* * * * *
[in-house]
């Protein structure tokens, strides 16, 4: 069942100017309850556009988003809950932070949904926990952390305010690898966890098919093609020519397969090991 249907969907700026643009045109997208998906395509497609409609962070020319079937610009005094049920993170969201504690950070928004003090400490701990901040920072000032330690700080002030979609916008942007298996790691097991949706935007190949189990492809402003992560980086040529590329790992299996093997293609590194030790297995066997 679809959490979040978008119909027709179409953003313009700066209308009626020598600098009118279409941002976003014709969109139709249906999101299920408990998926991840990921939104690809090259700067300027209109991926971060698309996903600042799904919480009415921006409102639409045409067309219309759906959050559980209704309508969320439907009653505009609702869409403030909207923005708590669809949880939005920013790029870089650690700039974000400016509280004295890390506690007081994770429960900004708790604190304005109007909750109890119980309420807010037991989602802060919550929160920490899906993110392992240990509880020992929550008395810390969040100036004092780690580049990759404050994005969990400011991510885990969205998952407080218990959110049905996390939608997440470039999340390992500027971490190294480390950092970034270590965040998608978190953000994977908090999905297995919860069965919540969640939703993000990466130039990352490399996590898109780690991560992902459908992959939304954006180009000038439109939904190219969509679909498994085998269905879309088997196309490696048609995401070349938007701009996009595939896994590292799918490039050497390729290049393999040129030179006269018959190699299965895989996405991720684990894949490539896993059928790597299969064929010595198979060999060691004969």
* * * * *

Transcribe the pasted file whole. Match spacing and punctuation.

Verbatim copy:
[in-house]
């Protein structure tokens, strides 16, 4: 069942100017309850556009988003809950932070949904926990952390305010690898966890098919093609020519397969090991 249907969907700026643009045109997208998906395509497609409609962070020319079937610009005094049920993170969201504690950070928004003090400490701990901040920072000032330690700080002030979609916008942007298996790691097991949706935007190949189990492809402003992560980086040529590329790992299996093997293609590194030790297995066997 679809959490979040978008119909027709179409953003313009700066209308009626020598600098009118279409941002976003014709969109139709249906999101299920408990998926991840990921939104690809090259700067300027209109991926971060698309996903600042799904919480009415921006409102639409045409067309219309759906959050559980209704309508969320439907009653505009609702869409403030909207923005708590669809949880939005920013790029870089650690700039974000400016509280004295890390506690007081994770429960900004708790604190304005109007909750109890119980309420807010037991989602802060919550929160920490899906993110392992240990509880020992929550008395810390969040100036004092780690580049990759404050994005969990400011991510885990969205998952407080218990959110049905996390939608997440470039999340390992500027971490190294480390950092970034270590965040998608978190953000994977908090999905297995919860069965919540969640939703993000990466130039990352490399996590898109780690991560992902459908992959939304954006180009000038439109939904190219969509679909498994085998269905879309088997196309490696048609995401070349938007701009996009595939896994590292799918490039050497390729290049393999040129030179006269018959190699299965895989996405991720684990894949490539896993059928790597299969064929010595198979060999060691004969």